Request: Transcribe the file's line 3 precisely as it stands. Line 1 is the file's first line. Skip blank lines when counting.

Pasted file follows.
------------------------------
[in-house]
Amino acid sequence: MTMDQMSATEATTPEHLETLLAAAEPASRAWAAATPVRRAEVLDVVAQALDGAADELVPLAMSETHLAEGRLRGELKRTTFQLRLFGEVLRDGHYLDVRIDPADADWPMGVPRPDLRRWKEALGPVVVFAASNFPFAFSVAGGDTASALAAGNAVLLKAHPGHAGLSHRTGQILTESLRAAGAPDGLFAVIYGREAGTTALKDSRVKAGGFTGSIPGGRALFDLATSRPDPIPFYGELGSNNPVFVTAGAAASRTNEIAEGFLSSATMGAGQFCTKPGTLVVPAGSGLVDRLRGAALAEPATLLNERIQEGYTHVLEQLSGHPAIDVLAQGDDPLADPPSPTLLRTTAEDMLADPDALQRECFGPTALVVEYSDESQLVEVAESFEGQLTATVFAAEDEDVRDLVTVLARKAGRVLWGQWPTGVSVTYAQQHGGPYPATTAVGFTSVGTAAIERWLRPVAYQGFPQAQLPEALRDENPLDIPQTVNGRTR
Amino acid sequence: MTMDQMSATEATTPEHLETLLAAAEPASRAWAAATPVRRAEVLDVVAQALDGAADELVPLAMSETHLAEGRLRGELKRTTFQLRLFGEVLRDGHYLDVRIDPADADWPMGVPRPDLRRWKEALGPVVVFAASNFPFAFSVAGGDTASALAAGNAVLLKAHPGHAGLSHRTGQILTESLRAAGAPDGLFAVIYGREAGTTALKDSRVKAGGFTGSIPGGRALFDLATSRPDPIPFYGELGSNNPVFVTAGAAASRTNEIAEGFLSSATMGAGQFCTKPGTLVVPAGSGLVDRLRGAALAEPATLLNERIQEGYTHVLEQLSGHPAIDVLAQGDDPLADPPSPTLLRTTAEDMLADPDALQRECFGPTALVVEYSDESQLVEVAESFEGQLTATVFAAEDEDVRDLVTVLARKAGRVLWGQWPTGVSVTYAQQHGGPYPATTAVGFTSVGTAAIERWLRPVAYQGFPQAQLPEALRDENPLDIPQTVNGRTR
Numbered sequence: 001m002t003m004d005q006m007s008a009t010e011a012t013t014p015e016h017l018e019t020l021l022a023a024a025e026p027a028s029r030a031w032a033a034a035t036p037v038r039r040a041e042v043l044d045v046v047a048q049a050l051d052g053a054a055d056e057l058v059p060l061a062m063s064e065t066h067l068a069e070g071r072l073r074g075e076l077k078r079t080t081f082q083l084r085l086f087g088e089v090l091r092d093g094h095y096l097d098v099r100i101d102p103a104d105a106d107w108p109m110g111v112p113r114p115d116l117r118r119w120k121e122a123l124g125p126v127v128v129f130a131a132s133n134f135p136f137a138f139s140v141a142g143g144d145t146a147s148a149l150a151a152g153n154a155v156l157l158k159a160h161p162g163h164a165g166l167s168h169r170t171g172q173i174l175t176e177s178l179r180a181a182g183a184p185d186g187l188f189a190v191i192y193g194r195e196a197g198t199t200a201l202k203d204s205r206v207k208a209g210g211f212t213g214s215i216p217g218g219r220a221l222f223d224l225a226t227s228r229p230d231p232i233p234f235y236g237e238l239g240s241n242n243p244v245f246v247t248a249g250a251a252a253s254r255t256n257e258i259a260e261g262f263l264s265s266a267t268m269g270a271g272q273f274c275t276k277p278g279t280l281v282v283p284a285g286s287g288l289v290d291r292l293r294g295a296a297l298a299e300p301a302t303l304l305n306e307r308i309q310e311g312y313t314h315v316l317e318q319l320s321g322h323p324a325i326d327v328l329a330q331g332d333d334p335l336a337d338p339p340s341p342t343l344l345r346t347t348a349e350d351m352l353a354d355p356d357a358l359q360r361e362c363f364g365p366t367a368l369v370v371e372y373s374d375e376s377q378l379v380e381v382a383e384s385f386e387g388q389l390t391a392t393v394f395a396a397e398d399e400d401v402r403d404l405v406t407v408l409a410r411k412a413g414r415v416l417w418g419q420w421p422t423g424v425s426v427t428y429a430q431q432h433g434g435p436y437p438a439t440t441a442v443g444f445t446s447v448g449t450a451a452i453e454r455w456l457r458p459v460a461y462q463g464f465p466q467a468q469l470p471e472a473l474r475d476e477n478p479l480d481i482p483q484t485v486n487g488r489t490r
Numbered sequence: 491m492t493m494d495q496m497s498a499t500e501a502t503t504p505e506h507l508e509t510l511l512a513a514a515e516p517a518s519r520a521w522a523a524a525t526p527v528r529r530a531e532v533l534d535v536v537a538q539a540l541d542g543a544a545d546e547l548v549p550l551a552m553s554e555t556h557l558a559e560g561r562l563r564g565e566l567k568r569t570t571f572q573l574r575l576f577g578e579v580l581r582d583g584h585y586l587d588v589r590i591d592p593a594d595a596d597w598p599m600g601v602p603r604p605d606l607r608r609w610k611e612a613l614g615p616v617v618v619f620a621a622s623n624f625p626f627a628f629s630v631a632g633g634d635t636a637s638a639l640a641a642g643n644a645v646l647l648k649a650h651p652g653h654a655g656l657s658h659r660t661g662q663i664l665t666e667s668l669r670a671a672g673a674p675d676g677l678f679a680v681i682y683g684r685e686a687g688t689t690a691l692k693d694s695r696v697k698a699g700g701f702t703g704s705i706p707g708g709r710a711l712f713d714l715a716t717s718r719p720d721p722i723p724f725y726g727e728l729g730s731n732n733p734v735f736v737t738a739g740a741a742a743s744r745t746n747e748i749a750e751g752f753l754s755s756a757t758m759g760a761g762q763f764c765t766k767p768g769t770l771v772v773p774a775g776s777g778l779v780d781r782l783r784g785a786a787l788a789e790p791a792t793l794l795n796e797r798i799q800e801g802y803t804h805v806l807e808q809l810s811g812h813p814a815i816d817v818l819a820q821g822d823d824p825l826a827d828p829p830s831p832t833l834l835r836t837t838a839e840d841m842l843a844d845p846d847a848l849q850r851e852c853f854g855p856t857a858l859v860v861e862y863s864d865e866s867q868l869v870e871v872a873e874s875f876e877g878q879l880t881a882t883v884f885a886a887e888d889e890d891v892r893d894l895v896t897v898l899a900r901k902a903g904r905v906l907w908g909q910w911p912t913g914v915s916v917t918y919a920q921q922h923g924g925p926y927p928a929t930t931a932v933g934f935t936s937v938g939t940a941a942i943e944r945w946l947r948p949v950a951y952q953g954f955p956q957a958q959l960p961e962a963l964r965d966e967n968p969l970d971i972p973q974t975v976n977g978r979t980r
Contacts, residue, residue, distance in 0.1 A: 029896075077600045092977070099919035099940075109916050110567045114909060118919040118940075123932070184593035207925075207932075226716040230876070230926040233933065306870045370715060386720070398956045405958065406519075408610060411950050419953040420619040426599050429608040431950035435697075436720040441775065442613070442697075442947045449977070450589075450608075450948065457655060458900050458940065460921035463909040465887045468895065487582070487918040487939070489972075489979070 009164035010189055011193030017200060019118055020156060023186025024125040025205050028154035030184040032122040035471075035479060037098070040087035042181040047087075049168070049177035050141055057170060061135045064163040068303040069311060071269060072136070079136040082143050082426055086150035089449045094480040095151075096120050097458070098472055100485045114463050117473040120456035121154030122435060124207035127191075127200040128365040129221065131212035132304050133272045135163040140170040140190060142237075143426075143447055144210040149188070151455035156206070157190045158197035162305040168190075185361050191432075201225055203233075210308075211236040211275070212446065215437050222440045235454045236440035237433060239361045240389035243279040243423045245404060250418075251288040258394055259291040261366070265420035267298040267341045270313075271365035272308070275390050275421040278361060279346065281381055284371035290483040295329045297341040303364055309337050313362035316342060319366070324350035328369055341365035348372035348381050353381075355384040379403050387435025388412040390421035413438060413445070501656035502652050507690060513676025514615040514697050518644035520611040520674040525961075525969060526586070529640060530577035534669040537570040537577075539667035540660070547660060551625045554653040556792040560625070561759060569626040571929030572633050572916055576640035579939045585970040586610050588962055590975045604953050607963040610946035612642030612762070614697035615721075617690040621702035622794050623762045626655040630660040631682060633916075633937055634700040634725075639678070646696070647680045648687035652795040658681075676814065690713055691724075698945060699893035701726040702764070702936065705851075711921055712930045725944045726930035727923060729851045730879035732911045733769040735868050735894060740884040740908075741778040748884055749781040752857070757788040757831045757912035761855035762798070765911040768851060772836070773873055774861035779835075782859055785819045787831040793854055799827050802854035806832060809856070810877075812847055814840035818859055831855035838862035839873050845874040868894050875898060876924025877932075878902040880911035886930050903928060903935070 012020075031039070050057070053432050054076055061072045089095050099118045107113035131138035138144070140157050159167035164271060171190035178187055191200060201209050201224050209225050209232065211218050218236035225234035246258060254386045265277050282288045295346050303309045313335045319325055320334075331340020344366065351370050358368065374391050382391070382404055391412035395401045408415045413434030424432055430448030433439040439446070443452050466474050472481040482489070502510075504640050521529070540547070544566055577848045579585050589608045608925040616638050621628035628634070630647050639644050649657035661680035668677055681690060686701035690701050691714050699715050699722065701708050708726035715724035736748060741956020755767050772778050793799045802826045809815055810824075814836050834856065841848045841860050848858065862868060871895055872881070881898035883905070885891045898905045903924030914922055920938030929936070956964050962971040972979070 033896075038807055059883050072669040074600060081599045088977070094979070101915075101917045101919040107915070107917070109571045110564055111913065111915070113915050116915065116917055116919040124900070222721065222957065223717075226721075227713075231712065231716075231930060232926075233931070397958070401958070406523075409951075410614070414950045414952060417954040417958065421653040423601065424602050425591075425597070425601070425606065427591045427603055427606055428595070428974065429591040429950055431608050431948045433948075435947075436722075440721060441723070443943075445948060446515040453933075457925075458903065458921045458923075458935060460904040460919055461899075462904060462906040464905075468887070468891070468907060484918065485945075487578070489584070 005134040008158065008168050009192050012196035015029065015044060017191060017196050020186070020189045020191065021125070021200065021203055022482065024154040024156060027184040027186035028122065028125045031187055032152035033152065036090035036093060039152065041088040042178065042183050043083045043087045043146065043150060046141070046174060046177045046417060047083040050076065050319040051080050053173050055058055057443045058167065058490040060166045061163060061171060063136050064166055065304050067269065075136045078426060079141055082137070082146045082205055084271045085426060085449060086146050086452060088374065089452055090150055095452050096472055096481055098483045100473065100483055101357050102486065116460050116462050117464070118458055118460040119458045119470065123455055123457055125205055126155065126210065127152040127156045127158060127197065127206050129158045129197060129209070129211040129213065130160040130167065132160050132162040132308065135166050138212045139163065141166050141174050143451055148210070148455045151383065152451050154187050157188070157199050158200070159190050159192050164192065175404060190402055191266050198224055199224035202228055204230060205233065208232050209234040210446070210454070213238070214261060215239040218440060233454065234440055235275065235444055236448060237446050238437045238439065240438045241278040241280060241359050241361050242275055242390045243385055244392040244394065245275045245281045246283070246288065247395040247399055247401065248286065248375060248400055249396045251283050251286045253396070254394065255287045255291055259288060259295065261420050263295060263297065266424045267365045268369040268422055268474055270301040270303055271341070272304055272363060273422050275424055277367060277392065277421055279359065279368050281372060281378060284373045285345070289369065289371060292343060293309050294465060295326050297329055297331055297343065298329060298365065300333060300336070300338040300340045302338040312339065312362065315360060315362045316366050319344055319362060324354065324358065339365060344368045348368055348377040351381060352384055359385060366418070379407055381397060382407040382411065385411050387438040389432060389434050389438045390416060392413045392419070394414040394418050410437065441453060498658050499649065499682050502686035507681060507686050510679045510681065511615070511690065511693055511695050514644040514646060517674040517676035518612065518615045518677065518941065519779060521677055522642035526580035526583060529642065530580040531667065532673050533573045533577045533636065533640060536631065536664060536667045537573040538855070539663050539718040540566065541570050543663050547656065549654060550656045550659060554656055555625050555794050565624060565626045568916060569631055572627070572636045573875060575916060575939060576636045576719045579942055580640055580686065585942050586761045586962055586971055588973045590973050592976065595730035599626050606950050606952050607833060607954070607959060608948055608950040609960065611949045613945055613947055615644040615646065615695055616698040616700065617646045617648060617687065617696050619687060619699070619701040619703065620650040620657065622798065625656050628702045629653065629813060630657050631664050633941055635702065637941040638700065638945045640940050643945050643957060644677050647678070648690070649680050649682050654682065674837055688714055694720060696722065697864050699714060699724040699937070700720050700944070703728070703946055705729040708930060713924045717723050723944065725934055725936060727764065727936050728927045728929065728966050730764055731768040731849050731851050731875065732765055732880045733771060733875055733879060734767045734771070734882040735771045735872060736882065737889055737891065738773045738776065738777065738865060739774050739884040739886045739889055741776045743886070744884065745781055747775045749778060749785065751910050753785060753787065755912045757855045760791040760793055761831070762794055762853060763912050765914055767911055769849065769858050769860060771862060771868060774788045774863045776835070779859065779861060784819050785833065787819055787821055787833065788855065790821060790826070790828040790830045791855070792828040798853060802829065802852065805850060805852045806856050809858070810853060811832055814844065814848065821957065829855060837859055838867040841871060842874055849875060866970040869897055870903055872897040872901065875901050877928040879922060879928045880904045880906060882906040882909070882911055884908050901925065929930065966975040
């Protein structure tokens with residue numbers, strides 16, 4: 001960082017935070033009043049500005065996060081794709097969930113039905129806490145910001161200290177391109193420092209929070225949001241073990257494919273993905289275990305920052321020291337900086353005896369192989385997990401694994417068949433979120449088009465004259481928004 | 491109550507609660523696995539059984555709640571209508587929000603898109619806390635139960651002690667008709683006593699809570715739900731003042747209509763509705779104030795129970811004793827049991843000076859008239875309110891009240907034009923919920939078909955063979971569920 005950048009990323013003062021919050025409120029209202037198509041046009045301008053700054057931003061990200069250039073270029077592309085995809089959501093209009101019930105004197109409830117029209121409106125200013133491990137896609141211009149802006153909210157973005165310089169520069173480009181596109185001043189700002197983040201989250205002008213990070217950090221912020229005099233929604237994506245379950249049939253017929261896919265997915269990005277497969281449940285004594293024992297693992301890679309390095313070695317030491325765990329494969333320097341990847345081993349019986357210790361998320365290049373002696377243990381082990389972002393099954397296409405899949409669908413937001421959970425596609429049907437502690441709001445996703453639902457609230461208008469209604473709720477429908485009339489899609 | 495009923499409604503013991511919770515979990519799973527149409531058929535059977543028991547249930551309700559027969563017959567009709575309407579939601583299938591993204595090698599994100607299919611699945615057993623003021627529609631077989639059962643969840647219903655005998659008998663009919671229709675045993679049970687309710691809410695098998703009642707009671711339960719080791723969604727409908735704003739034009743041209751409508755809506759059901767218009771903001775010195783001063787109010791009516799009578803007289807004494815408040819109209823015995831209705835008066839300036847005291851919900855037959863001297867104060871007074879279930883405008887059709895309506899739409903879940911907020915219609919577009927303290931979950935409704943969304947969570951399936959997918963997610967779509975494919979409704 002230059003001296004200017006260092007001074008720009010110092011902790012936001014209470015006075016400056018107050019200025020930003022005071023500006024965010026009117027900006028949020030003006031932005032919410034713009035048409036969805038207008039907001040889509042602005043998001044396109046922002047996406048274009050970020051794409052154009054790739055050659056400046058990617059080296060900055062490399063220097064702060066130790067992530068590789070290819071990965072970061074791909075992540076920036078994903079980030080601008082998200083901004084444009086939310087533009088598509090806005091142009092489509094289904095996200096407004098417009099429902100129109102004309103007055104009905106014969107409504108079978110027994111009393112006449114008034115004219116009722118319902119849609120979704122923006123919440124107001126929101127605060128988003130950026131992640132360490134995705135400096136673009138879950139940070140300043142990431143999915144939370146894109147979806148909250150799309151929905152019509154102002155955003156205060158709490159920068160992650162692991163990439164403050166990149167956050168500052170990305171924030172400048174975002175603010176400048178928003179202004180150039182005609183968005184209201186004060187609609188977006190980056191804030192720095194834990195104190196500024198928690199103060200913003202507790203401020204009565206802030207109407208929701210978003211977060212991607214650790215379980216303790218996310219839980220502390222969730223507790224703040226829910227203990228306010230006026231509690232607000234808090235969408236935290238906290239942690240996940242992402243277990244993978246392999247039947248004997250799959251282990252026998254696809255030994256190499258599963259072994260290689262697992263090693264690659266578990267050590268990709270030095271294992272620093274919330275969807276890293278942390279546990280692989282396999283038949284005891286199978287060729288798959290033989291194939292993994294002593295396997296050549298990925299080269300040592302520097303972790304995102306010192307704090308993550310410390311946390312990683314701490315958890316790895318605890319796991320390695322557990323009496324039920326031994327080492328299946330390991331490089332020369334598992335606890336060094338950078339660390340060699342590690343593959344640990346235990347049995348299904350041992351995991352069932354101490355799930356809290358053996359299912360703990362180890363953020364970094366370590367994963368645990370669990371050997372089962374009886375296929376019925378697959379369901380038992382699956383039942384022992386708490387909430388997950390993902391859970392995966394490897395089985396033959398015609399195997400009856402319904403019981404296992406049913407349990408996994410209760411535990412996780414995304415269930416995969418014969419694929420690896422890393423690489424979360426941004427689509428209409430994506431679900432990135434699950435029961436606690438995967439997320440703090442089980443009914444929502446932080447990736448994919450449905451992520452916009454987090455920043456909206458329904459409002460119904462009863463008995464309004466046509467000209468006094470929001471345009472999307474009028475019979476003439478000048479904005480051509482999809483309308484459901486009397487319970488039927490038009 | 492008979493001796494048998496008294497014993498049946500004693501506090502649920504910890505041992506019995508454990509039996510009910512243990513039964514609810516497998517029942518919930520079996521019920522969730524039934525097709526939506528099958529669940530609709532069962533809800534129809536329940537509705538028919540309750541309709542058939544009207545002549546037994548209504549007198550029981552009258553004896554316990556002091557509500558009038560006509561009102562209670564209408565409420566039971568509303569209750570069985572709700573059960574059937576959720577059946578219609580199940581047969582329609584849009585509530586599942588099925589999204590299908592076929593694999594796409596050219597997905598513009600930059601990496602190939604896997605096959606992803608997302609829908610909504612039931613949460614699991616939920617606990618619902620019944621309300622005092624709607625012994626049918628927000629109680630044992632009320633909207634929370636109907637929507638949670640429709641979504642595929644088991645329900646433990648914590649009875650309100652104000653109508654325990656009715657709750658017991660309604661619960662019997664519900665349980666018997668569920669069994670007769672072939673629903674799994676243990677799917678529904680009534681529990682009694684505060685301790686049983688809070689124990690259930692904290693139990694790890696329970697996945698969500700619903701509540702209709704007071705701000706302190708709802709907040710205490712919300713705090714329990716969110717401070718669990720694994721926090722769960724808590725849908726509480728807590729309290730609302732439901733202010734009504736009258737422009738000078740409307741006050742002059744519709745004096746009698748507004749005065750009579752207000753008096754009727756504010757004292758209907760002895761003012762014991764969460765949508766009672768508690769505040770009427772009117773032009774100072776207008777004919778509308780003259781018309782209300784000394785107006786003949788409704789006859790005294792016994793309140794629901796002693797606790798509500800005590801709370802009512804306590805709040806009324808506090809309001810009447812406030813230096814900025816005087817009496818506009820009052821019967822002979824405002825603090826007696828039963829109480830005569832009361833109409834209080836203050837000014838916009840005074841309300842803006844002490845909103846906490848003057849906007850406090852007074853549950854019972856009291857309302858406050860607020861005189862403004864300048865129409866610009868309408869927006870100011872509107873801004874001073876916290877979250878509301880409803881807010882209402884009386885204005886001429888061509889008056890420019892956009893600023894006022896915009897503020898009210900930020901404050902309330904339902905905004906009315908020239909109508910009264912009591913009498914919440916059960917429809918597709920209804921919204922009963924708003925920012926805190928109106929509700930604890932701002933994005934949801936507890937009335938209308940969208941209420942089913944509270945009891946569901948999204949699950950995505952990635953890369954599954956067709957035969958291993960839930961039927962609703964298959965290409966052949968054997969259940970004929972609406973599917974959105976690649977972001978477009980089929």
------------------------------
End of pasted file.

Amino acid sequence: MTMDQMSATEATTPEHLETLLAAAEPASRAWAAATPVRRAEVLDVVAQALDGAADELVPLAMSETHLAEGRLRGELKRTTFQLRLFGEVLRDGHYLDVRIDPADADWPMGVPRPDLRRWKEALGPVVVFAASNFPFAFSVAGGDTASALAAGNAVLLKAHPGHAGLSHRTGQILTESLRAAGAPDGLFAVIYGREAGTTALKDSRVKAGGFTGSIPGGRALFDLATSRPDPIPFYGELGSNNPVFVTAGAAASRTNEIAEGFLSSATMGAGQFCTKPGTLVVPAGSGLVDRLRGAALAEPATLLNERIQEGYTHVLEQLSGHPAIDVLAQGDDPLADPPSPTLLRTTAEDMLADPDALQRECFGPTALVVEYSDESQLVEVAESFEGQLTATVFAAEDEDVRDLVTVLARKAGRVLWGQWPTGVSVTYAQQHGGPYPATTAVGFTSVGTAAIERWLRPVAYQGFPQAQLPEALRDENPLDIPQTVNGRTR